How to Craft a Sales-Driving Brand Message

The worst-case-business scenario is that nobody hears about you

Toni Koraza
May 21, 2020 · 4 min read
Photo by Keila Hötzel on Unsplash

The underlying rule of marketing is simple: Don’t confuse your potential customer. To make it as a marketeer, make your message accessible and easy to understand.

We don’t have time to decypher alphabet soups. The Internet features gazillion products. Your nearest supermarket offers gazillion products too. We’re buying stuff that we clearly understand.

. Have you heard the phrase before? is a two-word slogan that represents one of the biggest shifts in modern marketing history.

Steve Jobs’ 1983 two-page ad in the New York Times is the perfect example of a complicated message. The ad about the technological advancement of Lisa, a new personal computer. For just $10,000, Lisa features a whooping 5MB hard drive. The ad even offers charts and IT diagrams. Who doesn’t like a good diagram in a product message, right?

Lisa becomes a multi-million failure, and Apple can barely cover the costs of production. Steve Jobs is forced out of the company.

Steve Jobs returns to Apple in 1996. The company rolls out a new line of products, and Jobs buys another section in the New York Times.

Instead of 2 pages of IT riddles and graphs, the new message is just two words long: “Think Different.”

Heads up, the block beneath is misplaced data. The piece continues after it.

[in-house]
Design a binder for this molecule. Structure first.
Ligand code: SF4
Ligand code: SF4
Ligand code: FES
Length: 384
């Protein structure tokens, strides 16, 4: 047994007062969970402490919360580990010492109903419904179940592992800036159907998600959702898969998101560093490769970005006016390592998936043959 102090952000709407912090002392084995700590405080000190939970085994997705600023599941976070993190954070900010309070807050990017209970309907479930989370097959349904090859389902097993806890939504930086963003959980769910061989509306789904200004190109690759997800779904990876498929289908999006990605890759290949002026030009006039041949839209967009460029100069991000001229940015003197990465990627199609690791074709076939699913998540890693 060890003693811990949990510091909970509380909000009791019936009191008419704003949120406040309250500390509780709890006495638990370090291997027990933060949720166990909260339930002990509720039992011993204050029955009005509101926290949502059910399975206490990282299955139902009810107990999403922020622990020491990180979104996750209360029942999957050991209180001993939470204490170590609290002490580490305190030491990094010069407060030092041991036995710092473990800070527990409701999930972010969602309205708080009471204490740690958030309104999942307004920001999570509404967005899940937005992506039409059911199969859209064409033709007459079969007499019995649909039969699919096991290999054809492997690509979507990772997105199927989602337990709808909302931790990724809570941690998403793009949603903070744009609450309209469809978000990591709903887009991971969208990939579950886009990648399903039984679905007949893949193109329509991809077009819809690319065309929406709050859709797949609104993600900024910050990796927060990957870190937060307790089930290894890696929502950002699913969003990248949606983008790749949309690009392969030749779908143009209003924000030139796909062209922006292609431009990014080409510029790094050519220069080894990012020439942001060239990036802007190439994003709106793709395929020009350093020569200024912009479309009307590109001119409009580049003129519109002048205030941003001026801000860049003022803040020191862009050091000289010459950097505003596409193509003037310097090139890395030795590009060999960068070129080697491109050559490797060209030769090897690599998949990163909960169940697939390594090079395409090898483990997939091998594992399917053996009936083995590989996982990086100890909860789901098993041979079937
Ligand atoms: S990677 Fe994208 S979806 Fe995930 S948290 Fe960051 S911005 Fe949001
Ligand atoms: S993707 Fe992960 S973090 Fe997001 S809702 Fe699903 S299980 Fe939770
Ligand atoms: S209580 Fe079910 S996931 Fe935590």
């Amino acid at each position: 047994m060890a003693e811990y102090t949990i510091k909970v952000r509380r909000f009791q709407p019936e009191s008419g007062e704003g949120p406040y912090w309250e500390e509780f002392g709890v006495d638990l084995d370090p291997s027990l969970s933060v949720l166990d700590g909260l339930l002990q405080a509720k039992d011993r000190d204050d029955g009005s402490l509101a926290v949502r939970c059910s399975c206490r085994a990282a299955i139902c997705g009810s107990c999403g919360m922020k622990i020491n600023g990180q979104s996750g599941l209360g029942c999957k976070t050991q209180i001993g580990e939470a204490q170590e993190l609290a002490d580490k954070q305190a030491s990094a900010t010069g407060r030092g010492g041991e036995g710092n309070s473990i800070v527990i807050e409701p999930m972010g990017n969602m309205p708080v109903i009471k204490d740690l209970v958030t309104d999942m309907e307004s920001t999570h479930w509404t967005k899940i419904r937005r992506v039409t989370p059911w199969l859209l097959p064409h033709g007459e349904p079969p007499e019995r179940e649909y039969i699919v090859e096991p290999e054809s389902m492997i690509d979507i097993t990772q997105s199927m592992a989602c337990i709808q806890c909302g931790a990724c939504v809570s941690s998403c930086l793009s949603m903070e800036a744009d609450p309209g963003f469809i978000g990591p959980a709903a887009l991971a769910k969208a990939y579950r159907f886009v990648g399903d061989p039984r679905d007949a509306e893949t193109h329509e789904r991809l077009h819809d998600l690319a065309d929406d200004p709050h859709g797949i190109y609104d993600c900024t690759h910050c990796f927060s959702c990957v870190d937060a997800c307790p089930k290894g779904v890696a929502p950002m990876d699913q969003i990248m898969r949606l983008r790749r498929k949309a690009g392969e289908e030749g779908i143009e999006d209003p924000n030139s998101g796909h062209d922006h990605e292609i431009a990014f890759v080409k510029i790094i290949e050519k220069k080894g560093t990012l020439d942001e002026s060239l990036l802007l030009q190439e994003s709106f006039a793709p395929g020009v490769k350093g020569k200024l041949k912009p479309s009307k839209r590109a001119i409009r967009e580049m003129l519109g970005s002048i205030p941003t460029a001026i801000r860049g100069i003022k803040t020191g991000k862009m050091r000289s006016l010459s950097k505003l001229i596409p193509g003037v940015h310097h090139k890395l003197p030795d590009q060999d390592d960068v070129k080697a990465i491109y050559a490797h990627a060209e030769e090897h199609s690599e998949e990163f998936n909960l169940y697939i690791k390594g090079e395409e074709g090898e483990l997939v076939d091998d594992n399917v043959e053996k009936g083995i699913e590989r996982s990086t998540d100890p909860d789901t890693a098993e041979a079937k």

What happens next is modern history. The world is crazy about iMacs, iPods, iPhones, iTunes and all the expensive iStuff. Apple becomes the richest company on the planet.

How to Make Your Message Sound More like iPhone and Less Like Lisa

The first step in advertising your product is having a clear message. Of course, you need to have a product or an idea first, but once you know what you’re selling, focus on your message. How to coin a simple, yet enticing line?

First: Don’t make the customer overthink.

Second: Tap into their survival instincts and eliminate the noise.

Third: Answer customers’ questions.

1. Don’t Make your Customer Think to Hard

Clear and simple is far better than . You can apply the same rule in other parts of life and business. People don’t like alphabet aerobics. Even if stuff is complicated, don’t make it unintelligible.

When the potential customer sees your product, he’s probably going to decide in the next millisecond if the stuff is worth the time. If the customer understands the message, maybe they’ll buy the product. Nothing can truly guarantee the conversion. But the sure way to lose a sale is by confusing the customer.

Instead of saying that your product has “” simply say: “

The Apple example might be complex. Let me simplify with the slogan for 2 Minute Madness — a recent Medium publication. The initial message of is a bit confusing.

I’ve remodeled the slogan to say: The reader, in this example, doesn’t need to think about the message. 2 Minute Madness curates short stories about wealth, health, and art.

2. The survival instict and eliminating the noise